public class ViewModel : INotifyPropertyChanged, INotifyDependentPropertyChanged
{
    public event PropertyChangedEventHandler PropertyChanged;
    protected virtual void OnPropertyChanged(string propertyname)
    {
        if (PropertyChanged != null)
        {
            PropertyChanged(this, new PropertyChangedEventArgs(propertyname));

            // fire for dependent properties
            foreach (var p in this.DependentPropertyList.Where((x) => x.Key.Equals(propertyname)))
            {
                PropertyChanged(this, new PropertyChangedEventArgs(p.Value));
            }
        }
    }

    private List<KeyValuePair<string, string>> m_DependentPropertyList = new List<KeyValuePair<string, string>>();
    public List<KeyValuePair<string, string>> DependentPropertyList
    {
        get { return m_DependentPropertyList; }
    }

    public ViewModel()
    {
        NotifyDependsOnAttribute.BuildDependentPropertyList(this);
    }
 }

Finally, you set the attributes on the affected properties. I like this way because the derived property holds the properties it depends on, rather than the other way around.

    [NotifyDependsOn("Session")]
    [NotifyDependsOn("DatabaseBusy")]
    public bool SaveEnabled
    {
        get { return !this.Session.IsLocked && !this.DatabaseBusy; }
    }

The big caveat here is that it only works when the other properties are members of the current class. In the example above, if this.Session.IsLocked changes, the notification doesnt get through. The way I get around this is to subscribe to this.Session.NotifyPropertyChanged and fire PropertyChanged for "Session". (Yes, this would result in events firing where they didnt need to)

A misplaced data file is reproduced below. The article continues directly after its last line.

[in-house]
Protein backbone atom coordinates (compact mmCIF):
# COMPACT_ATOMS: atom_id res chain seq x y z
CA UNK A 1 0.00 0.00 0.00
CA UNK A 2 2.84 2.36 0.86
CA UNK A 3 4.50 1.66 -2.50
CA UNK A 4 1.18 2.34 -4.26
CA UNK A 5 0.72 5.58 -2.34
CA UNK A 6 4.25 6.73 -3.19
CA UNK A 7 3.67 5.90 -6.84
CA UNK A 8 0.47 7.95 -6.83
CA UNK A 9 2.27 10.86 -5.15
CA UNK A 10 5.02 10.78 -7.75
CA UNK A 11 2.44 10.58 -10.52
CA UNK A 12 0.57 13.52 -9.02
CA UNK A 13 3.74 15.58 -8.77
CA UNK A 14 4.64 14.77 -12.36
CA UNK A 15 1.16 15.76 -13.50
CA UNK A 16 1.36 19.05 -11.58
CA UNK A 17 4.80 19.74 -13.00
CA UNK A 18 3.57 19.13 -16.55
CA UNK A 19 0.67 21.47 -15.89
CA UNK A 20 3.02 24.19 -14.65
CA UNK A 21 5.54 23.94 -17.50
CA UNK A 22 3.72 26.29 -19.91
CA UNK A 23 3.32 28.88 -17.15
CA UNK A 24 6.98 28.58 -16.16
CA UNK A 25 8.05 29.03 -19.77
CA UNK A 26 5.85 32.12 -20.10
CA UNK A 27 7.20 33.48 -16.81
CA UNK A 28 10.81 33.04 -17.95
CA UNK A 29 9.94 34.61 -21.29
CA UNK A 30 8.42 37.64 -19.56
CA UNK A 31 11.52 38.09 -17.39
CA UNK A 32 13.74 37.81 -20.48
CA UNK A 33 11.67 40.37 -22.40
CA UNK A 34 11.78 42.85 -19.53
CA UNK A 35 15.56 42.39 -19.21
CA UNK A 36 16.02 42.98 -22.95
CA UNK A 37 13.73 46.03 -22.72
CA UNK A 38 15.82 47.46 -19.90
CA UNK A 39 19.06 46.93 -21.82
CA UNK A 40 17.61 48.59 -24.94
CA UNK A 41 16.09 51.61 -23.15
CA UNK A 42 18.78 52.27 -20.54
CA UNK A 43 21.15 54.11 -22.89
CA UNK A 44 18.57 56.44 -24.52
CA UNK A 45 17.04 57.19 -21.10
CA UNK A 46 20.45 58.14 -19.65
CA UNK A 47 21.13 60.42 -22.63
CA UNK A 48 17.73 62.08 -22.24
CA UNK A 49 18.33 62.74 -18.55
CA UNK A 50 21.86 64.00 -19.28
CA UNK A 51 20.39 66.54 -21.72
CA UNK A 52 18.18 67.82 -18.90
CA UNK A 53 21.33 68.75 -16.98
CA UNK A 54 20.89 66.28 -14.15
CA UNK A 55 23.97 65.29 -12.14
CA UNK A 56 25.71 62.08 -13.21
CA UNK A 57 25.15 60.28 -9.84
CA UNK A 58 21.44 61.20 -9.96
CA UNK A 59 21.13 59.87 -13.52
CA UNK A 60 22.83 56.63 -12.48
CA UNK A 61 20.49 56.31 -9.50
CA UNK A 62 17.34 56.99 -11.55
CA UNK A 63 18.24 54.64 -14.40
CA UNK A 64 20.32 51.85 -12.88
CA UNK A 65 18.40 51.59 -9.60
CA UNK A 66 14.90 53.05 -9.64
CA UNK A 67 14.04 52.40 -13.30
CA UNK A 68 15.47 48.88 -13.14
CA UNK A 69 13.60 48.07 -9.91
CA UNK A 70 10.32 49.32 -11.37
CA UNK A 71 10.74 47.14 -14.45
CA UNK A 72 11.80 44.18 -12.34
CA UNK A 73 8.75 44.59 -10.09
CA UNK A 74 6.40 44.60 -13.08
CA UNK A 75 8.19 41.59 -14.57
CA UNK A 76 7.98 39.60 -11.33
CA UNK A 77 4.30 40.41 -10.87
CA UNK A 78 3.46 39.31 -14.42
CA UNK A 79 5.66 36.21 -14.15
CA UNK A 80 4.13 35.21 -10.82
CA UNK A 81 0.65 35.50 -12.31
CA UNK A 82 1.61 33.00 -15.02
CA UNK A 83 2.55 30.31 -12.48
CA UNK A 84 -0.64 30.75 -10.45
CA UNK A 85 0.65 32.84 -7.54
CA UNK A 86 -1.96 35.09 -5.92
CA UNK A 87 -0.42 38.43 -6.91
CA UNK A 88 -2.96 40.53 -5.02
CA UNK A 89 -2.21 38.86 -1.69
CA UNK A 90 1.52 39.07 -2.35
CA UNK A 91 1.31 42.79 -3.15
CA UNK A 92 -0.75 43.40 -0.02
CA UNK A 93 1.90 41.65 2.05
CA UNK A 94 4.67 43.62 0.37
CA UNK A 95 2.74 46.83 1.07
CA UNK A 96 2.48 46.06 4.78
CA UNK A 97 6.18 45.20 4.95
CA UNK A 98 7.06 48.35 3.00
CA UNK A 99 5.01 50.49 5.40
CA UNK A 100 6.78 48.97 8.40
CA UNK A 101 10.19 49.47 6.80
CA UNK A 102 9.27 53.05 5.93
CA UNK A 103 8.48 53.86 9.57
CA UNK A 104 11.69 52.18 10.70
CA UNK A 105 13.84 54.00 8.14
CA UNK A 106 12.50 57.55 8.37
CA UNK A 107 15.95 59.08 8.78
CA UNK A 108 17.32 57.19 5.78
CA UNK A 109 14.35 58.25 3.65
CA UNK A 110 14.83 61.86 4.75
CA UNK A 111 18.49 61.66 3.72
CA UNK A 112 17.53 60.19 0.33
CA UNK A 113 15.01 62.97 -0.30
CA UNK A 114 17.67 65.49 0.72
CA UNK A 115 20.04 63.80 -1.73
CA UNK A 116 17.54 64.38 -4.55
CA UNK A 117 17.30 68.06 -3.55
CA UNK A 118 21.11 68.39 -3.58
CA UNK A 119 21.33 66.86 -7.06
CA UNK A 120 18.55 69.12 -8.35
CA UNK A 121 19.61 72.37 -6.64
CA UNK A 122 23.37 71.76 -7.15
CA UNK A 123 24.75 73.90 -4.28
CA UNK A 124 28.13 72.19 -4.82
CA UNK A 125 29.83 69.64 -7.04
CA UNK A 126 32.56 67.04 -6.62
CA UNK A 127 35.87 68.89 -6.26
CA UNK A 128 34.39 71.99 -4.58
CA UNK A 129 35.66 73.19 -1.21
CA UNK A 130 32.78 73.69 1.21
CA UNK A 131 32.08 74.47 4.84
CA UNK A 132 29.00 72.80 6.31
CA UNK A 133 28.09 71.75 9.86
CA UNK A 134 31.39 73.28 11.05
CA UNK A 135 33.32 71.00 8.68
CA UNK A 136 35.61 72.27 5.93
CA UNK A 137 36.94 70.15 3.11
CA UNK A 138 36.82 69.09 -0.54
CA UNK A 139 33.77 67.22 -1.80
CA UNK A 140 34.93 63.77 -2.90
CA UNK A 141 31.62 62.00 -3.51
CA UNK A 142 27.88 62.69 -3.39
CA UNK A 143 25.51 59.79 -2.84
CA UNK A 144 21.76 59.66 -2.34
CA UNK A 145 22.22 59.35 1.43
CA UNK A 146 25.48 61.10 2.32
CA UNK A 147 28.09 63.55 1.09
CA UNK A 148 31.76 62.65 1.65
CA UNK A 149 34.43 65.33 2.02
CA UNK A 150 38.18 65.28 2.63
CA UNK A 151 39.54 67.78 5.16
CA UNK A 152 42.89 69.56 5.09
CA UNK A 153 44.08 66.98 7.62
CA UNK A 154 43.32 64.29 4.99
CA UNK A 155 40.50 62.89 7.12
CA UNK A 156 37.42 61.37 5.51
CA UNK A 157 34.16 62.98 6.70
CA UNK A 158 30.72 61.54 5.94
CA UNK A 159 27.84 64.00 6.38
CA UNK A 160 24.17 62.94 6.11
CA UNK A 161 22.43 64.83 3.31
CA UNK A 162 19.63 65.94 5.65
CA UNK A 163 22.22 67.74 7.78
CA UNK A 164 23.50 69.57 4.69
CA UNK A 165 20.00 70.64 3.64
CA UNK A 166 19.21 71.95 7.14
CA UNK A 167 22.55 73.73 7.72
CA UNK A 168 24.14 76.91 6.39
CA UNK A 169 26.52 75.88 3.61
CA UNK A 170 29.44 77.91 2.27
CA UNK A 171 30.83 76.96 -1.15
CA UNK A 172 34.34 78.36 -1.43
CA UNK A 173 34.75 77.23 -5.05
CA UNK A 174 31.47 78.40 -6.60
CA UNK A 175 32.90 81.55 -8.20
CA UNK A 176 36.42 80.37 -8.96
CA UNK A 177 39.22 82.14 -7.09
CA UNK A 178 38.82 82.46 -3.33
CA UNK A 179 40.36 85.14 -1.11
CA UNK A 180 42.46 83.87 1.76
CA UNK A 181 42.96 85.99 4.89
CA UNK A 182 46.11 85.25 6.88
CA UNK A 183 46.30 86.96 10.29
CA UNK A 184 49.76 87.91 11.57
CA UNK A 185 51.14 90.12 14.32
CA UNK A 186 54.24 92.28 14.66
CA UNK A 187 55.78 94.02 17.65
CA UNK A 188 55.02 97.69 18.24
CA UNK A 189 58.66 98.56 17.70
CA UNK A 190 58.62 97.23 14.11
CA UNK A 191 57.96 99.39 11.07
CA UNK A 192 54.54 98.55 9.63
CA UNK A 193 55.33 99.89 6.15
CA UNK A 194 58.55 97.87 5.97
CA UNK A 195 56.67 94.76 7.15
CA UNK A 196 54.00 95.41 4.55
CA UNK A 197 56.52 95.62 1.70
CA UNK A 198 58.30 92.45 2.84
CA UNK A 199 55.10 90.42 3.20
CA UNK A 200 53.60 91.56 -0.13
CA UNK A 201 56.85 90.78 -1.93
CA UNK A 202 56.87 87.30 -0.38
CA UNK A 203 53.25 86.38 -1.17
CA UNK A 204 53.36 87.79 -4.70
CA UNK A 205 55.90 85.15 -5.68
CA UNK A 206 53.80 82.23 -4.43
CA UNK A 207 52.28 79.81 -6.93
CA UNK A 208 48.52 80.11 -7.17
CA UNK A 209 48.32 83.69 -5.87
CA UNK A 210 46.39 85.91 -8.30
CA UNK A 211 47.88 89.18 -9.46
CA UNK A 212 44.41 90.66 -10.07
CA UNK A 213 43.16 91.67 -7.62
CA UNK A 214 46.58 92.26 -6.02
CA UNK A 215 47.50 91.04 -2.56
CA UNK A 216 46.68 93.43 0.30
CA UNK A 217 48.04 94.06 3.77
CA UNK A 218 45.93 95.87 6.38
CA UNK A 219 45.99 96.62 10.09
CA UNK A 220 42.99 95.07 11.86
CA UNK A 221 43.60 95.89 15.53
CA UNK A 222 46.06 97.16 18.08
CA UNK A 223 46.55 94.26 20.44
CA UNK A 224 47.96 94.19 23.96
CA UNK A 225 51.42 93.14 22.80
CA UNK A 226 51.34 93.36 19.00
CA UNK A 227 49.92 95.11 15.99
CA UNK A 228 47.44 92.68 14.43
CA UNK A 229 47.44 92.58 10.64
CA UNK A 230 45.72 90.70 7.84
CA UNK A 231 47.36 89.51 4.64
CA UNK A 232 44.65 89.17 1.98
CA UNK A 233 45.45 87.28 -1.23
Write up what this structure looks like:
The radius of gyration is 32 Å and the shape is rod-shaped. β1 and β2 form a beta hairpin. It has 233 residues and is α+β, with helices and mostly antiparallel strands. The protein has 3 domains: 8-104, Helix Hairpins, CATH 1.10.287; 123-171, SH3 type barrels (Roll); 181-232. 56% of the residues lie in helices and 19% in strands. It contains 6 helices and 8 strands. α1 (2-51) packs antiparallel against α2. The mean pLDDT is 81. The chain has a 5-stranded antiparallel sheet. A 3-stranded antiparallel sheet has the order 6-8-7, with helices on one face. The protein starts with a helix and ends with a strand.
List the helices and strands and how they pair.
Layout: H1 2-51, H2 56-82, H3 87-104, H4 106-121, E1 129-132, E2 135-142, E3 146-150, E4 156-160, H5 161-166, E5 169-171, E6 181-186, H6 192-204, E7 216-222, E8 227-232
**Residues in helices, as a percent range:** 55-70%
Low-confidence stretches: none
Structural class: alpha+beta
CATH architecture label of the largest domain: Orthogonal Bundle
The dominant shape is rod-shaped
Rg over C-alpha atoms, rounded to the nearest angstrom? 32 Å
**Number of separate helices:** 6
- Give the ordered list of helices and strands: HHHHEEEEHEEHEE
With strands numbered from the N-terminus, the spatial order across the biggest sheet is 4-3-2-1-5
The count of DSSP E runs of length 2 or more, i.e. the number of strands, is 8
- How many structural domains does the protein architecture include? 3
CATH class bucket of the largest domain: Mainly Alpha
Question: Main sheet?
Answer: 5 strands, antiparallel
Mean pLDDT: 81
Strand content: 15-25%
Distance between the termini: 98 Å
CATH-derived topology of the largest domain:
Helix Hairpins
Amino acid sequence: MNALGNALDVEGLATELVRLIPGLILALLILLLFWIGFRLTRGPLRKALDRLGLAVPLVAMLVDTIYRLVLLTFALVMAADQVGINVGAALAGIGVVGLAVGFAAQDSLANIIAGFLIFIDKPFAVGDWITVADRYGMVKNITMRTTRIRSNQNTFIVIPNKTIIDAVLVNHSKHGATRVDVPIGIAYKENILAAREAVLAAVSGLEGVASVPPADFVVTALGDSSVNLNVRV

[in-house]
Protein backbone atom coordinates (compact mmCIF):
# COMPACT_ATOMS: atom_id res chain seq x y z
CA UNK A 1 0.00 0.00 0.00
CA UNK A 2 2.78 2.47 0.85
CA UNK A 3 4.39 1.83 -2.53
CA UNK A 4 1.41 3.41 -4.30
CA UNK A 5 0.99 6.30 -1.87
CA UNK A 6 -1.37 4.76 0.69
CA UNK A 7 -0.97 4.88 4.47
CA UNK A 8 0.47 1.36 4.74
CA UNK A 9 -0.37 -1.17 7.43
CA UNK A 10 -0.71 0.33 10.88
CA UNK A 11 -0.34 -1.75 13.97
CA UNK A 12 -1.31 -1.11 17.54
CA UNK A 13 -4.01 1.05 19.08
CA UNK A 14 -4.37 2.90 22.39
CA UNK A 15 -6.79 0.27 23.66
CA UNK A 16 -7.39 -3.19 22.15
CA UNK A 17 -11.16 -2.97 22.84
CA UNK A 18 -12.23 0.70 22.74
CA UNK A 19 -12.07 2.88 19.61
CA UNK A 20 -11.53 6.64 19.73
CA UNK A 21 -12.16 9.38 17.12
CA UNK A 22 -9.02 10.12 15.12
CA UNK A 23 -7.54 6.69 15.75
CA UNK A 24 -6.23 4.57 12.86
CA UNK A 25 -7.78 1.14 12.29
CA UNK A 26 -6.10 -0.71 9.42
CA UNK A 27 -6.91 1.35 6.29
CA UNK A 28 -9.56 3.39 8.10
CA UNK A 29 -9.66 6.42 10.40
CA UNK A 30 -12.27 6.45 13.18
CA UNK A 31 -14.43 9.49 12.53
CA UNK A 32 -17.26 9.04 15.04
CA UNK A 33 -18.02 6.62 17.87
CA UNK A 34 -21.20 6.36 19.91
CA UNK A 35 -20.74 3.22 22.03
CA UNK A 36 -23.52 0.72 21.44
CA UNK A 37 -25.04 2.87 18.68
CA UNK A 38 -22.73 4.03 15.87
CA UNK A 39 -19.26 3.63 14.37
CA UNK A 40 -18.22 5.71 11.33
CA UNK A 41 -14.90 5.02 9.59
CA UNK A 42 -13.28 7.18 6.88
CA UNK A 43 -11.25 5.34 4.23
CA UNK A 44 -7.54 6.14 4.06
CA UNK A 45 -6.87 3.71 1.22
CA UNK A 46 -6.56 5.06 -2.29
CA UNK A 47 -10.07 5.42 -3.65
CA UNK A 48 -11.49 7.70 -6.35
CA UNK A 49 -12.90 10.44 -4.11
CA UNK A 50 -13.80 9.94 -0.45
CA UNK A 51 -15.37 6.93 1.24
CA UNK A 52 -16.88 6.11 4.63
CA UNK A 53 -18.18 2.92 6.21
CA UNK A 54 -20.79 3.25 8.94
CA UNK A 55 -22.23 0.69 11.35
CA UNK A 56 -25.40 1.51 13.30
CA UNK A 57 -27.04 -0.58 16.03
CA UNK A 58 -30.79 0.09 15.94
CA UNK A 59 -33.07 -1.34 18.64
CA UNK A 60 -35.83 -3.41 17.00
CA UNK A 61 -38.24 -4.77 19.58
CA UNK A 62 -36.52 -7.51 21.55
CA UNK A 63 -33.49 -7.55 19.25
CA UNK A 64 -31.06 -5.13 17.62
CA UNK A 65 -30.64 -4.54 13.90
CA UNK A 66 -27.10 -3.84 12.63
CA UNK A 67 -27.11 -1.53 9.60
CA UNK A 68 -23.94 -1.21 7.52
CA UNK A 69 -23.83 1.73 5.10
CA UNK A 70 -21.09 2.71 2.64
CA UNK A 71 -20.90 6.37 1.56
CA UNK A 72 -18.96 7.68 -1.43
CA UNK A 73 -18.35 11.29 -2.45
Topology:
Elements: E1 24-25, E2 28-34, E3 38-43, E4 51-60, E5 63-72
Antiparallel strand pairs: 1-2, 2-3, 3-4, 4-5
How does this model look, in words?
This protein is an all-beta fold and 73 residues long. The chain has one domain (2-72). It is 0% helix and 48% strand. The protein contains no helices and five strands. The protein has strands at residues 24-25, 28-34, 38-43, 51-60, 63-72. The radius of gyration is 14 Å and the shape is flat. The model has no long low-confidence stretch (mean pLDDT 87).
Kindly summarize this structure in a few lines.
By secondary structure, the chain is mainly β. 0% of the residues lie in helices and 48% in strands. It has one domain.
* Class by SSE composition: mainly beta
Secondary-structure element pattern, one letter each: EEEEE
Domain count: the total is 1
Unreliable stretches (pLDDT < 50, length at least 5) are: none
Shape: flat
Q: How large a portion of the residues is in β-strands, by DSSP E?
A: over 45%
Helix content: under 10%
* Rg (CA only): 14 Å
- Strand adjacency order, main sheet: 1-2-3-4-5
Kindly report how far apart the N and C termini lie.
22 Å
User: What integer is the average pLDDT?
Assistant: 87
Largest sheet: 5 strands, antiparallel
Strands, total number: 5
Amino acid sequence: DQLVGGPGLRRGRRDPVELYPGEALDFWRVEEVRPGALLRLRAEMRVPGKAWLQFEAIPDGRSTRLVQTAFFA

3 Answers 3

6

The traditional way to do this is to add an OnPropertyChanged call to each of the properties that might affect your calculated one, like this:

public bool IsLoaded
{
    get { return m_IsLoaded; }
    set
    {
        if (m_IsLoaded != value)
        {
            m_IsLoaded = value;
            OnPropertyChanged("IsLoaded");
            OnPropertyChanged("CanSave");
        }
    }
}

This can get a bit messy (if, for example, your calculation in CanSave changes).

One (cleaner? I don't know) way to get around this would be to override OnPropertyChanged and make the call there:

protected override void OnPropertyChanged(string propertyName)
{
    base.OnPropertyChanged(propertyName);
    if (propertyName == "IsLoaded" /* || propertyName == etc */)
    {
        base.OnPropertyChanged("CanSave");
    }
}
2
  • I'm going to go for the OnPropertyChanged override. I wonder if the dependencies could be declared as attributes?
    – geofftnz
    Feb 27, 2009 at 2:43
  • You could set up a static List<string> to keep track of property names that CanSave depends on. Then it'd be a single "if (_canSaveProperties.Contains(propertyName))". Feb 27, 2009 at 2:53
2

You need to add a notification for the CanSave property change everywhere one of the properties it depends changes:

OnPropertyChanged("DatabaseBusy");
OnPropertyChanged("CanSave");

And

OnPropertyChanged("IsEnabled");
OnPropertyChanged("CanSave");
2
  • This would work correctly, but it means that you will be invalidating CanSave more than is necessary, possibly making the rest of the application do more work than is required. Feb 27, 2009 at 2:33
  • What if I dont have access to the set method of the property?
    – geofftnz
    Feb 27, 2009 at 2:34
1

How about this solution?

private bool _previousCanSave;
private void UpdateCanSave()
{
    if (CanSave != _previousCanSave)
    {
        _previousCanSave = CanSave;
        OnPropertyChanged("CanSave");
    }
}

Then call UpdateCanSave() in the setters of IsLoaded and DatabaseBusy?

If you cannot modify the setters of IsLoaded and DatabaseBusy because they are in different classes, you could try calling UpdateCanSave() in the PropertyChanged event handler for the object defining IsLoaded and DatabaseBusy.